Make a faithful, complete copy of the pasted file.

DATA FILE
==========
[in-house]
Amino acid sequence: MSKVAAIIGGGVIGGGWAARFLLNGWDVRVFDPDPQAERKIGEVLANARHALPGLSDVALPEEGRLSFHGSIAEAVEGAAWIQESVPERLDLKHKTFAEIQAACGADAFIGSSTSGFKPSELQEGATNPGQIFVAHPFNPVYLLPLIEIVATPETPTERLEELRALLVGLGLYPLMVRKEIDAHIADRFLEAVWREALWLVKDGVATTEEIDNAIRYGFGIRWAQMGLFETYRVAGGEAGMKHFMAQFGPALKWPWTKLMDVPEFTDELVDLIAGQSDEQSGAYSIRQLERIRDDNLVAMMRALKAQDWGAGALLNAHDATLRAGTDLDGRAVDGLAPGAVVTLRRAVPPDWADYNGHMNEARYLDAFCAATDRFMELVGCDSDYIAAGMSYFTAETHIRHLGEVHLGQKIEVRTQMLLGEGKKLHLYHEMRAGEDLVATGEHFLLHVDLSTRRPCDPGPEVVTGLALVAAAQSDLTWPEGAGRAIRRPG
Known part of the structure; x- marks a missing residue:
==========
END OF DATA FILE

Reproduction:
[in-house]
Amino acid sequence: MSKVAAIIGGGVIGGGWAARFLLNGWDVRVFDPDPQAERKIGEVLANARHALPGLSDVALPEEGRLSFHGSIAEAVEGAAWIQESVPERLDLKHKTFAEIQAACGADAFIGSSTSGFKPSELQEGATNPGQIFVAHPFNPVYLLPLIEIVATPETPTERLEELRALLVGLGLYPLMVRKEIDAHIADRFLEAVWREALWLVKDGVATTEEIDNAIRYGFGIRWAQMGLFETYRVAGGEAGMKHFMAQFGPALKWPWTKLMDVPEFTDELVDLIAGQSDEQSGAYSIRQLERIRDDNLVAMMRALKAQDWGAGALLNAHDATLRAGTDLDGRAVDGLAPGAVVTLRRAVPPDWADYNGHMNEARYLDAFCAATDRFMELVGCDSDYIAAGMSYFTAETHIRHLGEVHLGQKIEVRTQMLLGEGKKLHLYHEMRAGEDLVATGEHFLLHVDLSTRRPCDPGPEVVTGLALVAAAQSDLTWPEGAGRAIRRPG
Known part of the structure; x- marks a missing residue: